Sensory Influences on Consumer Behavior: Exploring Theories and Experiences - Free Report

Published: 2024-01-27
Sensory Influences on Consumer Behavior: Exploring Theories and Experiences - Free Report
Type of paper:  Essay
Categories:  Society Behavior
Pages: 4
Wordcount: 915 words
8 min read

Consumer experience is the heart of value creation and consumer behavior. Primarily, it is the primary means by which the consumer, as well as the postindustrial societies, are understood. Based on the anti-function, function, antistructure, and corresponding dimensions of the structure, four types of consumption experience can be identified. They include adventure, stochastic, liberatory, and performance. In addition, factors that influence consumer behavior can be categorized into four. First is the cultural factor, which includes the social class system, subculture, and culture. The social factor is the next, influenced by the person's status and roles, family, and reference groups. Personal factors are the next, including self-concept, personality, lifestyle, economic circumstances, occupation, and age. Finally, psychological factors influence consumer behavior. These factors include attitudes, beliefs, learning, perception, and motivation (Strydom, 2004). This paper will describe my consumer experience as well as explain some of the theories on consumer behavior.

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The study of the processes involved when groups or individuals purchase and use a product is referred to as consumer behavior. It is imperative for marketers who would use this information for market segmentation. The segmentation can be in done along dimensions like psychology, demographics, and product usage. Consumer behavior is crucial when one wants to understand the dynamics of a population.

The sensory systems influence the decisions made by a customers on whether they will purchase a product or not. According to Blythe (2013), people go through processing information stages, and the stimuli are stored. However, this is not the case with consumers who do not process the data. The consumer is able to interpret the stimulus based on their experiences, needs, and biases. The process of perception is made up of exposure, attention, and interpretation. The consumer is first exposed to the product; they become attentive to it and finally interpret and decide whether to purchase it.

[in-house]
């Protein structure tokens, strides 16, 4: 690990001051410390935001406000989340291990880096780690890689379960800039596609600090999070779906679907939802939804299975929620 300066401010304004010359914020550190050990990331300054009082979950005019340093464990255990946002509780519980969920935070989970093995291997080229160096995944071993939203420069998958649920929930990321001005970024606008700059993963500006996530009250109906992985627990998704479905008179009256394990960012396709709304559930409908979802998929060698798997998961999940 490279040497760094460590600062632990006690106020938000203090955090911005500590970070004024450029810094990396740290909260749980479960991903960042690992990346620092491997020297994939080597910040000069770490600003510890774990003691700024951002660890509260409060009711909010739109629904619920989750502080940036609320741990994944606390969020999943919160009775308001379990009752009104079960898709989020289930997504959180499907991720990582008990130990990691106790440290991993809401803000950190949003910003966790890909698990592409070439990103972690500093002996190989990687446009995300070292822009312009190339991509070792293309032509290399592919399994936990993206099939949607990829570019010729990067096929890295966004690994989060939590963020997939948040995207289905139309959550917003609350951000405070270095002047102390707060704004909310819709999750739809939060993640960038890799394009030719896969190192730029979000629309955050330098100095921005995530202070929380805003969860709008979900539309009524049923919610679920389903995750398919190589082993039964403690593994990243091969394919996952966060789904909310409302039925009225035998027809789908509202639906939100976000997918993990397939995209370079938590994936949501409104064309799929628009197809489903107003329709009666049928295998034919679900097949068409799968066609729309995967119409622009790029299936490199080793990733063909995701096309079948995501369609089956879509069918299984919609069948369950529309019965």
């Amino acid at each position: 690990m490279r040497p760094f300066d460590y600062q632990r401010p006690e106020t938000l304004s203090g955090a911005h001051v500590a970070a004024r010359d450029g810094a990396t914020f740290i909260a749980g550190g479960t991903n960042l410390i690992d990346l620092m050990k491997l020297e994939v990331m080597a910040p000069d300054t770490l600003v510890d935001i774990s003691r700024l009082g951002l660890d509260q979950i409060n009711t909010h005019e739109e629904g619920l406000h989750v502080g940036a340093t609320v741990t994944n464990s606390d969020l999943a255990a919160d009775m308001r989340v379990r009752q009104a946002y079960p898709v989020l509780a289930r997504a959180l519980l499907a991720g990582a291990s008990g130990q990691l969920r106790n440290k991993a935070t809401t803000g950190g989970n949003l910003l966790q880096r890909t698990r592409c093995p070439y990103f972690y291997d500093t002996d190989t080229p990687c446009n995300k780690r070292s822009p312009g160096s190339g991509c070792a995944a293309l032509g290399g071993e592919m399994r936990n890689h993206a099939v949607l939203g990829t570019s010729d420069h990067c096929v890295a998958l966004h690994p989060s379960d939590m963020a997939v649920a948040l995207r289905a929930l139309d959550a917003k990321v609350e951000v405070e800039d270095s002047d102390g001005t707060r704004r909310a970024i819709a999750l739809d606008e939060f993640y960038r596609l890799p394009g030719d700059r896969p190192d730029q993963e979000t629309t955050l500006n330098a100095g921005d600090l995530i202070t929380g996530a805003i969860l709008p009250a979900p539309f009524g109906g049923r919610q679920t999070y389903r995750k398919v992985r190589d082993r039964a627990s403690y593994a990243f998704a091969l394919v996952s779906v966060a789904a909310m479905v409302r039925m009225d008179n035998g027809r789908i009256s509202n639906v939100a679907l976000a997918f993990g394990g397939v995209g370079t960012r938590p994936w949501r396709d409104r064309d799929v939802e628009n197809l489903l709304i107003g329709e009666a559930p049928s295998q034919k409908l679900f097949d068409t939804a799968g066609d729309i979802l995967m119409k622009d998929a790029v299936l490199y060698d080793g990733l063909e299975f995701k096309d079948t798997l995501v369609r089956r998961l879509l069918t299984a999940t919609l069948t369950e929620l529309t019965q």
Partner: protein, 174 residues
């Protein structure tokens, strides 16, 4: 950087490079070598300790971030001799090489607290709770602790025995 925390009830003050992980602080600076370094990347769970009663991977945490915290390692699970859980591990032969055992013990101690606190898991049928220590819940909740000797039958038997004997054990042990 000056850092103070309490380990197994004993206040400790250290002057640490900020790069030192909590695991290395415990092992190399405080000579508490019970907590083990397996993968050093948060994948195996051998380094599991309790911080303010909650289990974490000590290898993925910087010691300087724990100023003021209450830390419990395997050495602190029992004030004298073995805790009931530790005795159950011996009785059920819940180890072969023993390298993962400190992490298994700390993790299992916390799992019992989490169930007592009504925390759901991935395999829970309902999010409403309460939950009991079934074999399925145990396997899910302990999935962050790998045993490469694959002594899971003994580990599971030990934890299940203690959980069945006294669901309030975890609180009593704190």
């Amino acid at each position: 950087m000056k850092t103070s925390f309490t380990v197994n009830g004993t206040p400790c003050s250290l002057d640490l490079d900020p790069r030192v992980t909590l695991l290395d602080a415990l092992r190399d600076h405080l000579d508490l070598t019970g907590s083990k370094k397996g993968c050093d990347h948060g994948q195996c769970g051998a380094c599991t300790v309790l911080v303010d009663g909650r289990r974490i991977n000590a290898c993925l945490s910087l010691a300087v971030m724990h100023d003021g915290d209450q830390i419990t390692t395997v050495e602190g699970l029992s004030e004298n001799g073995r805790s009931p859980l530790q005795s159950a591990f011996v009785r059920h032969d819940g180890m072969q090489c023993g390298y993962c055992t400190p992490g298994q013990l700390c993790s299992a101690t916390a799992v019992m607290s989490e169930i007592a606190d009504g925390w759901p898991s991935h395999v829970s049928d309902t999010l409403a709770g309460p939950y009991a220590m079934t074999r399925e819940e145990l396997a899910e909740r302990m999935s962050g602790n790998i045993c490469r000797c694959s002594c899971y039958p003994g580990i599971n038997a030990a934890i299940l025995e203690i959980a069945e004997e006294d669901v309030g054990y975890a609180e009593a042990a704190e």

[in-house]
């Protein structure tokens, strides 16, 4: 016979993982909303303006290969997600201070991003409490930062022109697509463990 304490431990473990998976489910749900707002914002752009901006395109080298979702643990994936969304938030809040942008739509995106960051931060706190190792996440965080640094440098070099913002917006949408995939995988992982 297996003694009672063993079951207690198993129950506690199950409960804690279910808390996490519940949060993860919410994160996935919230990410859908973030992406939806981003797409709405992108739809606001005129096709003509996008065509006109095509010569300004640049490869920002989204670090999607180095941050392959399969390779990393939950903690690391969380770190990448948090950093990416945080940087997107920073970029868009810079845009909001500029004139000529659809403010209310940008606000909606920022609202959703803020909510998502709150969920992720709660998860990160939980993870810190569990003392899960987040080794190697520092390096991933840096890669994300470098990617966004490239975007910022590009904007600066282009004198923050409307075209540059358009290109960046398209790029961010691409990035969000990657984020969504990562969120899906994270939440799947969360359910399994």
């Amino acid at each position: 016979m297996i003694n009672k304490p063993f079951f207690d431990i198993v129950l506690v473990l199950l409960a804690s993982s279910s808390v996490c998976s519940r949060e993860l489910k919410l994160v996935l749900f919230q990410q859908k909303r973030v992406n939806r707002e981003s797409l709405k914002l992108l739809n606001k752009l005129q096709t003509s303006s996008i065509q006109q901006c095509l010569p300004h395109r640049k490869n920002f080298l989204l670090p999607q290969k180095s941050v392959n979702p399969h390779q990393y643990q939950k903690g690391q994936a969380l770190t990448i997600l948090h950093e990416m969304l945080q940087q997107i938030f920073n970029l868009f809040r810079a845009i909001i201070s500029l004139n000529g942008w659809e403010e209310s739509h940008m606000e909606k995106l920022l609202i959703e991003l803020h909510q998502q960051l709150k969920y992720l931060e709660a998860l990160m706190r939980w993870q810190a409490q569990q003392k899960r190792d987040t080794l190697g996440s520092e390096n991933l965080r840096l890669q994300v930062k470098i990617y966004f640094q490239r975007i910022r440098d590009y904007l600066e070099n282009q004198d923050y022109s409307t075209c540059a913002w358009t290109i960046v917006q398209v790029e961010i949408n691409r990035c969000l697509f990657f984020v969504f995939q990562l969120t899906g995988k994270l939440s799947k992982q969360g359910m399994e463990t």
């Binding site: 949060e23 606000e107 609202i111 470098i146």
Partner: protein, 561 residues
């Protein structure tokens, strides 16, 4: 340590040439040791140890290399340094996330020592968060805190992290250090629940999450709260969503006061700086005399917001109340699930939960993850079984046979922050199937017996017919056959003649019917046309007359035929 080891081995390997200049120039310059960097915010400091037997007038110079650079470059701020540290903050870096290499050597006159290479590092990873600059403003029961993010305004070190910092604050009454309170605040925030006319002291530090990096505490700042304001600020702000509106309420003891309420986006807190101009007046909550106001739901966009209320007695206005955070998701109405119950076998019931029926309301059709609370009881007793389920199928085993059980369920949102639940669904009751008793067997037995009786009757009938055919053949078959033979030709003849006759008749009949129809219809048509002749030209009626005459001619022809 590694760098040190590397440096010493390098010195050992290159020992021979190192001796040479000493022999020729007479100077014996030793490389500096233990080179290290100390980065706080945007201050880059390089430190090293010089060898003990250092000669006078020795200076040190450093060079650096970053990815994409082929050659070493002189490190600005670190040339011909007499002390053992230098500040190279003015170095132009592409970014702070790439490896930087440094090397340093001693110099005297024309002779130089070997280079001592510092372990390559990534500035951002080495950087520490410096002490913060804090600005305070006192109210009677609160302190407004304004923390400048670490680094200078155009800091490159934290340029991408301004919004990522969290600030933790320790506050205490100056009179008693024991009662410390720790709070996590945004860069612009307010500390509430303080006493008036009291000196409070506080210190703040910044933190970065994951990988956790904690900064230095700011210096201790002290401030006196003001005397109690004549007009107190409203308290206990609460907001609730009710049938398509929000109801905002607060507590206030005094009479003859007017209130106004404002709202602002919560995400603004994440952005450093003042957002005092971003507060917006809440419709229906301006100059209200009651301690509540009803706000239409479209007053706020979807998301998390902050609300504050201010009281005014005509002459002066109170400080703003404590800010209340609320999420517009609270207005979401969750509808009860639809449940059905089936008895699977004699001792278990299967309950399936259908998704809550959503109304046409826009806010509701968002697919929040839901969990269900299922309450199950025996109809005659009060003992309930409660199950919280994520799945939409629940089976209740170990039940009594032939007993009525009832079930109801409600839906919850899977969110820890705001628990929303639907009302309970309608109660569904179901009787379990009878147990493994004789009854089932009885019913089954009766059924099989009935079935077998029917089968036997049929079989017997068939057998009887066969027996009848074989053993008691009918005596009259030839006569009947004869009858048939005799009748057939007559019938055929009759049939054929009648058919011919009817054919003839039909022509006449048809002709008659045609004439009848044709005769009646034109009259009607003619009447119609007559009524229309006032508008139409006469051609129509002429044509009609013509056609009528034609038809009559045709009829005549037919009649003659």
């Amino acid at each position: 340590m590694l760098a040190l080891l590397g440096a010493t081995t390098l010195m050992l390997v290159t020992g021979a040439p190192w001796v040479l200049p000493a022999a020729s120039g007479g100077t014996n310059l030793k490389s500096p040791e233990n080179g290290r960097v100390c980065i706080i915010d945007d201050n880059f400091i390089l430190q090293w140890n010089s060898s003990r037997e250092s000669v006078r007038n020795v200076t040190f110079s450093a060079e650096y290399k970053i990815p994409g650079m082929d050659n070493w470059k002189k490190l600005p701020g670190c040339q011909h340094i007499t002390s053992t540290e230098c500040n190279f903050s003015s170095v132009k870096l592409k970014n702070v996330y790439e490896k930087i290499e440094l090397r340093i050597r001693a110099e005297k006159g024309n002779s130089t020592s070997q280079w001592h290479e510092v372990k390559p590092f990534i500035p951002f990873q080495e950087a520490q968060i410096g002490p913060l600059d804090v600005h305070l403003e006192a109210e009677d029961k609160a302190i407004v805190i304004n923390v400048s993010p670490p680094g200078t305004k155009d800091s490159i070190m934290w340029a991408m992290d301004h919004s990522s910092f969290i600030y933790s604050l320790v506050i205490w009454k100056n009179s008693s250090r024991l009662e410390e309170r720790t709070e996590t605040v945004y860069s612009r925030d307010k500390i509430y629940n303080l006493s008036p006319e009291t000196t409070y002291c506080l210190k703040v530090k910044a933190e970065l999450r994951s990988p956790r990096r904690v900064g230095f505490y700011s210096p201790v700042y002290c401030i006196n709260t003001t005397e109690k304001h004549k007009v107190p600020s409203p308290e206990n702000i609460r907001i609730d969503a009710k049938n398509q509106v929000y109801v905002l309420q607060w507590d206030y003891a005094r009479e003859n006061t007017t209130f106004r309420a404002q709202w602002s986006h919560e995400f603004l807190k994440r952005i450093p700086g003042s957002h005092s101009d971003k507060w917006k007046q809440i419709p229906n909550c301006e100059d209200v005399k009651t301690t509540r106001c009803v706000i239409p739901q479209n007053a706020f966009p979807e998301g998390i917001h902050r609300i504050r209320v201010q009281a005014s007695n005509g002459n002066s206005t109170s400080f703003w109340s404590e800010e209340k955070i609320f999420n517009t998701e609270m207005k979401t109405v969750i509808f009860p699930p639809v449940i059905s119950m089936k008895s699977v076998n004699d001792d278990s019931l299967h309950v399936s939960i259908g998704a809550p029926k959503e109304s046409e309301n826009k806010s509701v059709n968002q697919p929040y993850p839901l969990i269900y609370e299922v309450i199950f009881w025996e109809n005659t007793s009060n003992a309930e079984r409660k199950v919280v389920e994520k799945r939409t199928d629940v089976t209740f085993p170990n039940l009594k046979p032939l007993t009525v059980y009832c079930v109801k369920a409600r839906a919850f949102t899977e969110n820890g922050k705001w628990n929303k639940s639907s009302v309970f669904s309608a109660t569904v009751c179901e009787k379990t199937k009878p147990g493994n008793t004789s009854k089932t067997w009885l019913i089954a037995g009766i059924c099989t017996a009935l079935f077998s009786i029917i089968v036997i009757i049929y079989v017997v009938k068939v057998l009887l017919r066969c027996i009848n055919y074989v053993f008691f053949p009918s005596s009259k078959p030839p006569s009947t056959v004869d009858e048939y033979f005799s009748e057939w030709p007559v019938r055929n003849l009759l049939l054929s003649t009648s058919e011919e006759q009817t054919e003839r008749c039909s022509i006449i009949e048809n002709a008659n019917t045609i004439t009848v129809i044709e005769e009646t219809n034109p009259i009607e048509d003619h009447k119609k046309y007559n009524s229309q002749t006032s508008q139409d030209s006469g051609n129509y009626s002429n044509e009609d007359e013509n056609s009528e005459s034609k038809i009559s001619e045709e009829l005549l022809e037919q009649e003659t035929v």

Sight is one of the channels that send external stimuli. The youths are more attracted to the bright colors and are more likely to purchase them. Also, the income of 20-year-old students is low and they go for the products that are relatively cheap. Marketers have really invested in the visual elements of packaging, store design, and advertising. The meaning of the visual channel is communicated through styling and the color they put on the product. From my experience as a consumer, I believe that these factors play a role. I have previously bought a shoe that I had not budgeted for simply because I was visually attracted to it. The colors were blending in well; therefore, I decided to purchase it. The consumer's emotions are influenced directly by colors, and research has shown that a color like blue is relaxing. At the same time, there are other colors like red, which stimulate appetite and create feelings of arousal.